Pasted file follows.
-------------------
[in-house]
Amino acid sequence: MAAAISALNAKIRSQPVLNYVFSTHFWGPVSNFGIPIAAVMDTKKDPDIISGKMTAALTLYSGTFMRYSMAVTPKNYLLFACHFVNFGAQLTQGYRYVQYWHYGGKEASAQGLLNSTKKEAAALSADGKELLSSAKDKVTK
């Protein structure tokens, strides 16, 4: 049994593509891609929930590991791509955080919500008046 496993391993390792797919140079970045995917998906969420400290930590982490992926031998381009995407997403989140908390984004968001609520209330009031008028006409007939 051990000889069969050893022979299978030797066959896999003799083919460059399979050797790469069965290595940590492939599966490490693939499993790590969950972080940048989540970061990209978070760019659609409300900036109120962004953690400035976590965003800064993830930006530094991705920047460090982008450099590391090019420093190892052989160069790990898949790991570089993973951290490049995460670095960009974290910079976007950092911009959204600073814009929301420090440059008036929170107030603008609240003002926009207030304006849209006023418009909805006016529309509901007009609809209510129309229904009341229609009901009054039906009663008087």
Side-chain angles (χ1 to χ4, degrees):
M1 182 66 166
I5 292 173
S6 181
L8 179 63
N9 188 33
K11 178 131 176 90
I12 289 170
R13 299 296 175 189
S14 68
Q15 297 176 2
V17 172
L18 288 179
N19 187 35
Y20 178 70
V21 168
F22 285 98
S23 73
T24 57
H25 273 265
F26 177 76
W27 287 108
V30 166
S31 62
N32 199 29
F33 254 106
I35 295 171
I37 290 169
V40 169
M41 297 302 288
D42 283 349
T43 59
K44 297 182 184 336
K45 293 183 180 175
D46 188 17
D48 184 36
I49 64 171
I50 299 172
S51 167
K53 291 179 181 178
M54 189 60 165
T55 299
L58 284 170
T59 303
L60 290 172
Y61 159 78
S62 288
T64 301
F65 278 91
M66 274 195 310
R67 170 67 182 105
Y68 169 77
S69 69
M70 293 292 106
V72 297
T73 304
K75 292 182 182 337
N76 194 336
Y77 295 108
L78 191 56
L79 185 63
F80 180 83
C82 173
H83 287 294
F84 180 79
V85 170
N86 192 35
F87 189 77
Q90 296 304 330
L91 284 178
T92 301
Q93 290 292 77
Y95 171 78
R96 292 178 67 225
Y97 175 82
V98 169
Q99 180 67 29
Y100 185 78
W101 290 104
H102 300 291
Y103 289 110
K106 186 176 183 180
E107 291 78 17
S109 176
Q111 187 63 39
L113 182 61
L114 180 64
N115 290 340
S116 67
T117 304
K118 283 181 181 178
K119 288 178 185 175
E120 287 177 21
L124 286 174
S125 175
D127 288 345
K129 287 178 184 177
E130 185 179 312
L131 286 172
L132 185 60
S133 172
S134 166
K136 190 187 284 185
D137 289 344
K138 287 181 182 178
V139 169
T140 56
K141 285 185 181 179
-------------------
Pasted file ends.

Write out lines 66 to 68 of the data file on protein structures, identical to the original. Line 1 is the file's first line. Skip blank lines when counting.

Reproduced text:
C82 173
H83 287 294
F84 180 79